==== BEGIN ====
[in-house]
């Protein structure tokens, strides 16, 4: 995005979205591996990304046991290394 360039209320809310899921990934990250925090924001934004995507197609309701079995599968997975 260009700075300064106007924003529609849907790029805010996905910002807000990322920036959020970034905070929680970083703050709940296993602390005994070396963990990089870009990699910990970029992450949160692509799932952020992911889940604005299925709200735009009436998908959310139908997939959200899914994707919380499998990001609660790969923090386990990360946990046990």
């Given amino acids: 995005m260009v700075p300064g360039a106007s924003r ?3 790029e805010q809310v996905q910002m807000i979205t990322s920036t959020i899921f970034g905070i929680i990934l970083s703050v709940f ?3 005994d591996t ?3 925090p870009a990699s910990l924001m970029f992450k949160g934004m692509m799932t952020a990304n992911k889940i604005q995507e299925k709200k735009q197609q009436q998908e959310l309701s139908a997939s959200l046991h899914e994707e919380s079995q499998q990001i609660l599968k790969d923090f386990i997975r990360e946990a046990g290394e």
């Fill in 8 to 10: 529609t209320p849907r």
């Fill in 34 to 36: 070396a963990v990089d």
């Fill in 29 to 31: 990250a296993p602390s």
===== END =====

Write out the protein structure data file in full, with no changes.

[in-house]
């Protein structure tokens, strides 16, 4: 995005979205591996990304046991290394 360039209320809310899921990934990250925090924001934004995507197609309701079995599968997975 260009700075300064106007924003529609849907790029805010996905910002807000990322920036959020970034905070929680970083703050709940296993602390005994070396963990990089870009990699910990970029992450949160692509799932952020992911889940604005299925709200735009009436998908959310139908997939959200899914994707919380499998990001609660790969923090386990990360946990046990």
């Given amino acids: 995005m260009v700075p300064g360039a106007s924003r ?3 790029e805010q809310v996905q910002m807000i979205t990322s920036t959020i899921f970034g905070i929680i990934l970083s703050v709940f ?3 005994d591996t ?3 925090p870009a990699s910990l924001m970029f992450k949160g934004m692509m799932t952020a990304n992911k889940i604005q995507e299925k709200k735009q197609q009436q998908e959310l309701s139908a997939s959200l046991h899914e994707e919380s079995q499998q990001i609660l599968k790969d923090f386990i997975r990360e946990a046990g290394e």
């Fill in 8 to 10: 529609t209320p849907r």
């Fill in 34 to 36: 070396a963990v990089d």
């Fill in 29 to 31: 990250a296993p602390s």